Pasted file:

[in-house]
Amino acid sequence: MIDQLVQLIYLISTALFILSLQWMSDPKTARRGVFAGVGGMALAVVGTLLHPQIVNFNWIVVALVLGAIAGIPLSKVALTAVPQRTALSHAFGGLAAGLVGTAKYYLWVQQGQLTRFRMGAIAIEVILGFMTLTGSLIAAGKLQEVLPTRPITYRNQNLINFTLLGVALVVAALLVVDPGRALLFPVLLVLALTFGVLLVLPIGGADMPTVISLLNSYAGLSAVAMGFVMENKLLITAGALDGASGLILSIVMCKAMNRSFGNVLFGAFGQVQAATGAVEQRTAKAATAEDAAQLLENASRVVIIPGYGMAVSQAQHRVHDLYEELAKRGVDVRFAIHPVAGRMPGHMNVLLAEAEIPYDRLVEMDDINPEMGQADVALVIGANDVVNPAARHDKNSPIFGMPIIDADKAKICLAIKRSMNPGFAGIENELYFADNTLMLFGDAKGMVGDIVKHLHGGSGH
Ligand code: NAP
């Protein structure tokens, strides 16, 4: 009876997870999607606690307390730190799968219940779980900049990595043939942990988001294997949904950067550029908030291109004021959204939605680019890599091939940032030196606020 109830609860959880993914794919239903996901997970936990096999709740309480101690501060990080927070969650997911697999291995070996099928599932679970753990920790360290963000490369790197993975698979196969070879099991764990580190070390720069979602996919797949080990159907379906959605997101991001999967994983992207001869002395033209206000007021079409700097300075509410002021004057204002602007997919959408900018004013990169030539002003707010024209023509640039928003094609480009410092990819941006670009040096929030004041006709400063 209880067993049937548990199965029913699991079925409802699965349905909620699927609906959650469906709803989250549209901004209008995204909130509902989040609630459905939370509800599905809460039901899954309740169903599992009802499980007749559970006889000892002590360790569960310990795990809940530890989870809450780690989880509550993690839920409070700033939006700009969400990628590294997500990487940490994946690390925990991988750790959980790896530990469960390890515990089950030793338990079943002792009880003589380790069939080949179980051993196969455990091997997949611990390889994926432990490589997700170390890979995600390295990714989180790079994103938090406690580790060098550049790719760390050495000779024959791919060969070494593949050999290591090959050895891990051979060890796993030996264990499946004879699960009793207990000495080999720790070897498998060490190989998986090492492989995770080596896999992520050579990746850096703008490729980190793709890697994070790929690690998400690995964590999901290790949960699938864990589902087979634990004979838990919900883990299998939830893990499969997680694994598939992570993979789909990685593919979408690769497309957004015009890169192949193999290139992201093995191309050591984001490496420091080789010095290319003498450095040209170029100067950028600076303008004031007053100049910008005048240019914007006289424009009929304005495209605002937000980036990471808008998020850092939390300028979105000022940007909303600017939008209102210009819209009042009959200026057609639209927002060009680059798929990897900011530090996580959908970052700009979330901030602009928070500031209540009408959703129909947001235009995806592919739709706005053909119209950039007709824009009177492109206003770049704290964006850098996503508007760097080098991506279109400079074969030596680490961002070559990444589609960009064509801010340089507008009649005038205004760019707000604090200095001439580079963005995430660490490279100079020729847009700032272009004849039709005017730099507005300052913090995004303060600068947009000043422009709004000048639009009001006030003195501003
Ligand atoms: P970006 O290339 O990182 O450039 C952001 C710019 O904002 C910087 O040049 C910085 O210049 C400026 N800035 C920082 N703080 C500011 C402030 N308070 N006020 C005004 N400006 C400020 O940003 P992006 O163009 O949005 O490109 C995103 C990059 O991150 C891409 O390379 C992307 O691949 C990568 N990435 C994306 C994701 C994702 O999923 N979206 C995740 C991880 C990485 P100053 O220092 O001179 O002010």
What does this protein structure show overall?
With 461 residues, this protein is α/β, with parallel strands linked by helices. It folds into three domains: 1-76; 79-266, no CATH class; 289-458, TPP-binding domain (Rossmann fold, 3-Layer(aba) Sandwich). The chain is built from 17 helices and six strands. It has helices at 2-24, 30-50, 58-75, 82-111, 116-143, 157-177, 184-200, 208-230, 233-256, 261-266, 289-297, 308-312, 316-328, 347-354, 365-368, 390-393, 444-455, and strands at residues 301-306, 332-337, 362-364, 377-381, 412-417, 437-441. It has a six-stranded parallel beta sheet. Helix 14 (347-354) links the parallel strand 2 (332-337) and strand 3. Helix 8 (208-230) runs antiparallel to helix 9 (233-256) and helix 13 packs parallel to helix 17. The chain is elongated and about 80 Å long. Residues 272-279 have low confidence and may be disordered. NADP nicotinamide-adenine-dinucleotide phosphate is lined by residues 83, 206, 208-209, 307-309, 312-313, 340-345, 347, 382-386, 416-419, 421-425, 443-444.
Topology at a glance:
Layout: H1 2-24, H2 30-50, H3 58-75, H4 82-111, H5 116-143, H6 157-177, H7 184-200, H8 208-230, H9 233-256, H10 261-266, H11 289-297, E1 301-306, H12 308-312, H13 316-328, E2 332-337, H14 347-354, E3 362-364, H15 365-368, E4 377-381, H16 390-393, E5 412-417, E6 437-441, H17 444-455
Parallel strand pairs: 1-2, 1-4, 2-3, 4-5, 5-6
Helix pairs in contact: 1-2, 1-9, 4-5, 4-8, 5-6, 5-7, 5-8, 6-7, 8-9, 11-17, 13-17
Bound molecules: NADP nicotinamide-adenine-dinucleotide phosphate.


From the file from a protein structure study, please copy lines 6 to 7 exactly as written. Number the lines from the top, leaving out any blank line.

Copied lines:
What does this protein structure show overall?
With 461 residues, this protein is α/β, with parallel strands linked by helices. It folds into three domains: 1-76; 79-266, no CATH class; 289-458, TPP-binding domain (Rossmann fold, 3-Layer(aba) Sandwich). The chain is built from 17 helices and six strands. It has helices at 2-24, 30-50, 58-75, 82-111, 116-143, 157-177, 184-200, 208-230, 233-256, 261-266, 289-297, 308-312, 316-328, 347-354, 365-368, 390-393, 444-455, and strands at residues 301-306, 332-337, 362-364, 377-381, 412-417, 437-441. It has a six-stranded parallel beta sheet. Helix 14 (347-354) links the parallel strand 2 (332-337) and strand 3. Helix 8 (208-230) runs antiparallel to helix 9 (233-256) and helix 13 packs parallel to helix 17. The chain is elongated and about 80 Å long. Residues 272-279 have low confidence and may be disordered. NADP nicotinamide-adenine-dinucleotide phosphate is lined by residues 83, 206, 208-209, 307-309, 312-313, 340-345, 347, 382-386, 416-419, 421-425, 443-444.